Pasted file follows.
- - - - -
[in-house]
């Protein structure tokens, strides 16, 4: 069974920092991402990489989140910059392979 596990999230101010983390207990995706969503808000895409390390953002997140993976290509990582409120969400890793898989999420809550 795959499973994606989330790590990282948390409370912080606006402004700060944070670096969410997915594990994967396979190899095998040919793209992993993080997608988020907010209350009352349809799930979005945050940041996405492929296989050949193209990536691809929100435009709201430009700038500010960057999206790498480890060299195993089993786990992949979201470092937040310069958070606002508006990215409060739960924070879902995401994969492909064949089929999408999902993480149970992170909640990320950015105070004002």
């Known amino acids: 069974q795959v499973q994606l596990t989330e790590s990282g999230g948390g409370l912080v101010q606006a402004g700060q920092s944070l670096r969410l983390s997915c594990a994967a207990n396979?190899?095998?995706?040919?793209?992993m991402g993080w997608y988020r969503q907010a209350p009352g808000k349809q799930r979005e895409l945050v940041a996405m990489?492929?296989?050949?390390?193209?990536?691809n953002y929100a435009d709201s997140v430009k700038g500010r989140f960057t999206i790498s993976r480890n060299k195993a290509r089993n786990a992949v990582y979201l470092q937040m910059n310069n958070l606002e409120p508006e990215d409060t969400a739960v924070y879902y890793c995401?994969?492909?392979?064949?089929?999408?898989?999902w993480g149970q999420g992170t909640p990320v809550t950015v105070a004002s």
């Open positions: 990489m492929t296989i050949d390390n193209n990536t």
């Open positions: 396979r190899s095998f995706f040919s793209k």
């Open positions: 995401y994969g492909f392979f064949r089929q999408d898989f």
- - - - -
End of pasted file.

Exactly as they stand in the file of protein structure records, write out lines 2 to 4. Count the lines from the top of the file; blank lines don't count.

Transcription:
């Protein structure tokens, strides 16, 4: 069974920092991402990489989140910059392979 596990999230101010983390207990995706969503808000895409390390953002997140993976290509990582409120969400890793898989999420809550 795959499973994606989330790590990282948390409370912080606006402004700060944070670096969410997915594990994967396979190899095998040919793209992993993080997608988020907010209350009352349809799930979005945050940041996405492929296989050949193209990536691809929100435009709201430009700038500010960057999206790498480890060299195993089993786990992949979201470092937040310069958070606002508006990215409060739960924070879902995401994969492909064949089929999408999902993480149970992170909640990320950015105070004002």
């Known amino acids: 069974q795959v499973q994606l596990t989330e790590s990282g999230g948390g409370l912080v101010q606006a402004g700060q920092s944070l670096r969410l983390s997915c594990a994967a207990n396979?190899?095998?995706?040919?793209?992993m991402g993080w997608y988020r969503q907010a209350p009352g808000k349809q799930r979005e895409l945050v940041a996405m990489?492929?296989?050949?390390?193209?990536?691809n953002y929100a435009d709201s997140v430009k700038g500010r989140f960057t999206i790498s993976r480890n060299k195993a290509r089993n786990a992949v990582y979201l470092q937040m910059n310069n958070l606002e409120p508006e990215d409060t969400a739960v924070y879902y890793c995401?994969?492909?392979?064949?089929?999408?898989?999902w993480g149970q999420g992170t909640p990320v809550t950015v105070a004002s």
């Open positions: 990489m492929t296989i050949d390390n193209n990536t």